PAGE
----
|Our garden early last June|
Last year, it was a thing of beauty. All full and lush and green. With actual growing veggies, not weeds I mean. The thing is, it still ended up looking pretty much like it does now by the time the season was done. We really did dedicate a lot of time to it last year, but we just couldn’t keep up. We knew we’d have to do something different this year and maybe that’s why we’ve only planted just a few things so far. This year is a little bit of an experimenting year.
We’ve read several places that the best way (and the only way for some types) to get rid of weeds and keep them away without using crazy chemicals is to smother them with black plastic. For several years. At the start of last year, it seemed like a pretty drastic measure to lose the use of your garden for a few years just to avoid pulling a few weeds, but by Spring of this year, we knew that was what we had to do.
So about a month ago, we covered half of our garden with black plastic, leaving us just half of it to play with this year. It’s honestly still too big for any reasonable human beings to actually fill and keep up with, so we’re just fine with it for now.
Getting the plastic was easy. Chris picked up a roll at the hardware store for about $50 and it’s big enough to last us until the end of time. Actually putting the plastic down in a way that will last and not allow any light in for the long haul was a little more challenging than it looks. We had to lay down the plastic and carefully dig a trench about 4 inches deep all around the edges, then bury the edges of the plastic. Somehow, wind was still getting underneath, so we used a combination of some patches of dirt on top and some rounded bricks (to prevent tearing) to hold it down. So far it seems to have done the trick!
So why does it need to stay down for several years? I’ve actually read some suggestions that have said you only need to smother weeds for a few weeks. Well, we’re going to be leaving it down for 2-3 years. This is because the weeds need a chance to go through their life cycles and use up all the stored energy they have in their roots. And our weeds have some big roots. One type of weed that we have, I think it’s called Hedgewood Bindweed, is supposed to take about 8 months to use up all the energy it has stored, but the recommended smotheration time is about 3 years to be sure.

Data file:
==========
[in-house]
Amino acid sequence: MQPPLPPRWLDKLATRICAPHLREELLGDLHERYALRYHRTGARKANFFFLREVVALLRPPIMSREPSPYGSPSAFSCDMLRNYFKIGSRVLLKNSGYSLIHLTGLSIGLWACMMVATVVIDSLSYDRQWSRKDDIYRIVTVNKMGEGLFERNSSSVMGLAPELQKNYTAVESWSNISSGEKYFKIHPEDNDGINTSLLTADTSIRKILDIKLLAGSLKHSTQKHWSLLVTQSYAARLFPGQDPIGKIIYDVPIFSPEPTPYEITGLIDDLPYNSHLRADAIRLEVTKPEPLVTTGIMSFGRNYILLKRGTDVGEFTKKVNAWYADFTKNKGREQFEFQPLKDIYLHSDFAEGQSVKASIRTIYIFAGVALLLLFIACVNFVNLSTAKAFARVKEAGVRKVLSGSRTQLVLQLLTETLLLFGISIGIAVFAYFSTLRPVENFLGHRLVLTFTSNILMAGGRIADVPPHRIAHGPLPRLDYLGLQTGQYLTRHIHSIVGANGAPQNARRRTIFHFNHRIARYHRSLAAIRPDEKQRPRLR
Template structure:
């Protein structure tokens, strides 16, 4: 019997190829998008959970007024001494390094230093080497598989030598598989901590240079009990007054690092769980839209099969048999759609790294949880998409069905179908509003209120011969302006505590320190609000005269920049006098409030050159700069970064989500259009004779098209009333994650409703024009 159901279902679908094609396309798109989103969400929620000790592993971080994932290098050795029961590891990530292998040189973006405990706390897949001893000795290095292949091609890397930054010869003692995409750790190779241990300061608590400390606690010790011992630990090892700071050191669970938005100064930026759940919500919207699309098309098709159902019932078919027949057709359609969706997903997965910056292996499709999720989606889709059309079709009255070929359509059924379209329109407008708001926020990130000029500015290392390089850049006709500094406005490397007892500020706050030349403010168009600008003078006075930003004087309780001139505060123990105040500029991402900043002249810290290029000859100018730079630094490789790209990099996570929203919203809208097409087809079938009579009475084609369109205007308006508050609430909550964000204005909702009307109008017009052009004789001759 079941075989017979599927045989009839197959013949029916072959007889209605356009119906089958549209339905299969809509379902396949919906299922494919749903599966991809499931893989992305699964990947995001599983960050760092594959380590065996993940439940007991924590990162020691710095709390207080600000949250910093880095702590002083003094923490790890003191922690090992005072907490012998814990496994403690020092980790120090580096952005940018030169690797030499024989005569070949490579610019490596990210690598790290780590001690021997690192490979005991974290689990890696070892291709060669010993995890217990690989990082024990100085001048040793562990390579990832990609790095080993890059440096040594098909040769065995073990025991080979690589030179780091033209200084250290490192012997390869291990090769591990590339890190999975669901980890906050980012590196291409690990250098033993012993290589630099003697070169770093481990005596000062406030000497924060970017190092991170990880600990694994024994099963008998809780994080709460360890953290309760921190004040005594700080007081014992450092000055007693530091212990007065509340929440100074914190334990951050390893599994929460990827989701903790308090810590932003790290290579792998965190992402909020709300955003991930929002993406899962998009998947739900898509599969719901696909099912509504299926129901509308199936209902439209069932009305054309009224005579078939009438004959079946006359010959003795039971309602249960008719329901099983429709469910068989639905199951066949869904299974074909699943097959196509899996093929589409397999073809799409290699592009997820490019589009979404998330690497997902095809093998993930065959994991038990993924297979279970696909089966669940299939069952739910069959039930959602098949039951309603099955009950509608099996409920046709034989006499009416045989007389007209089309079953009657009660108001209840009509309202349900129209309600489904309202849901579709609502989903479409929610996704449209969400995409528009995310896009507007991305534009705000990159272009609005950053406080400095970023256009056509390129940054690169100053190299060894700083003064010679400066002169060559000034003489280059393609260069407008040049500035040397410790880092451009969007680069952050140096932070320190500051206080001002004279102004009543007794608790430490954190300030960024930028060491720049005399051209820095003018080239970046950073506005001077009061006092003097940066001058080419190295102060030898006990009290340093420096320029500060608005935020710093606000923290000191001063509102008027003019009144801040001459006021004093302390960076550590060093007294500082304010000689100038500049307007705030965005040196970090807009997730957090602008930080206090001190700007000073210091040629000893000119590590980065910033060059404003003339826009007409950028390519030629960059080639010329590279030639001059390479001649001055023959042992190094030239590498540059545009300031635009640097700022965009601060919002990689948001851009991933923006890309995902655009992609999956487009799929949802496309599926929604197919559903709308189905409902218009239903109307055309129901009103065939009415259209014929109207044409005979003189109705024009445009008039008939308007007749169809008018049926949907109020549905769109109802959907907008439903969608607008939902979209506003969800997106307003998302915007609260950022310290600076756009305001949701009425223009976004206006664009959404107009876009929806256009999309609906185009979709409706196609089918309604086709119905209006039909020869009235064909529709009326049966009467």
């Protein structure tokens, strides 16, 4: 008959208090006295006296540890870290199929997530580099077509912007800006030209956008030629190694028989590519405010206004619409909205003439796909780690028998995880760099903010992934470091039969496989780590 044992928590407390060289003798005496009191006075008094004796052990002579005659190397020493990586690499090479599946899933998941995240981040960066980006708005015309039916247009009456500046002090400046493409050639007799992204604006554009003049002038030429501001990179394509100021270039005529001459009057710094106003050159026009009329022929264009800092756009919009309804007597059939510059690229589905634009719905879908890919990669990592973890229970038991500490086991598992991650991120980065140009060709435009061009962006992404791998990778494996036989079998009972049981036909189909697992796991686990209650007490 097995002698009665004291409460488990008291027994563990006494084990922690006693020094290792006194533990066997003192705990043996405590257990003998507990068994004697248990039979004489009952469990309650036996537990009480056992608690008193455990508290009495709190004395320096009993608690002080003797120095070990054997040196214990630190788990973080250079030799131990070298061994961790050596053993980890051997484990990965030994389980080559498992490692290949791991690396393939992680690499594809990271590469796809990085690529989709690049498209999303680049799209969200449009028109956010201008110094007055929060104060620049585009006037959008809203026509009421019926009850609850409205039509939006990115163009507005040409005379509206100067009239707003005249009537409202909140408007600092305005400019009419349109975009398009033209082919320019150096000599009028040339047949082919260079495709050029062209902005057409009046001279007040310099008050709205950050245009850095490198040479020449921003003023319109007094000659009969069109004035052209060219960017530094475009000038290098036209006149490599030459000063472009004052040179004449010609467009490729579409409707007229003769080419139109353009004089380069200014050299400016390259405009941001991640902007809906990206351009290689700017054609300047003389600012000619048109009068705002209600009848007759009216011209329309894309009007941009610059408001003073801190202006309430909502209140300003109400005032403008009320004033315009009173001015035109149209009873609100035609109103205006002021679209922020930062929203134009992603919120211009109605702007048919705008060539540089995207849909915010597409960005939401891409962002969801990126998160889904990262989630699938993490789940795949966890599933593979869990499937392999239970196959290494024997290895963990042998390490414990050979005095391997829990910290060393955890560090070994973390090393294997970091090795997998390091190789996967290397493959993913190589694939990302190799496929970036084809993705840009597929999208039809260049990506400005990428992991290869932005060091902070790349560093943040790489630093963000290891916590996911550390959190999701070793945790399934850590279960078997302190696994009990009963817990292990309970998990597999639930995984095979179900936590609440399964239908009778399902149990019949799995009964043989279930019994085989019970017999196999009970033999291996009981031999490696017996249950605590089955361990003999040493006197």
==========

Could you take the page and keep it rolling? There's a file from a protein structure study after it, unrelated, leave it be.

So that’s the plan of attack. I’m feeling pretty good about it. Meanwhile, we’re still having a heck of a time keeping up with the weeds in the other half.
For the record, even with all of my weed killing strategies this year, I’m still kind of a wild flower/weed lover at heart.
I’m a little bit tempted to one day just let the whole property go au naturel and see what happens. Look at these pretty pinky flowers that popped up!
OK, we do have some actual veggies growing this year, but only very few so far.
One success is the pumpkins. Last year by this time, I’d already replanted them thrice because of the bugs that were eating them to the ground. This year, one shot and it looks like we’re good to go..er..grow!
That extra thick weedy patch down the center is where we’re going to put the path. More black plastic covered with some mulch is the plan!
Edit: I should clarify that after those 2-3 years, the black plastic is coming off to hopefully reveal lots of sad and smothered weeds…and great soil! We’re not just going to plant over top like they do with that landscaping fabric. Been there, doesn’t work.
Judging by how well the plasticky side of our garden seems to be doing in the weed department, I’m a little tempted to create plastic paths down the centers of all of our rows in the future just to prevent having to weed so much. I won’t, because that would be even weirder than having a plastic half-garden. But, I could! And it would work!
Courtenay Hartford is the author of creeklinehouse.com, a blog based on her adventures renovating a 120-year-old farmhouse in rural Ontario, Canada. On her blog, Courtenay shares interior design tips based on her own farmhouse and her work as founder and stylist of the interior photography firm Art & Spaces. She also writes about her farmhouse garden, plant-based recipes, family travel, and homekeeping best practices. Courtenay is the author of the book The Cleaning Ninja and has been featured in numerous magazines including Country Sampler Farmhouse Style, Better Homes and Gardens, Parents Magazine, Real Simple, and Our Homes.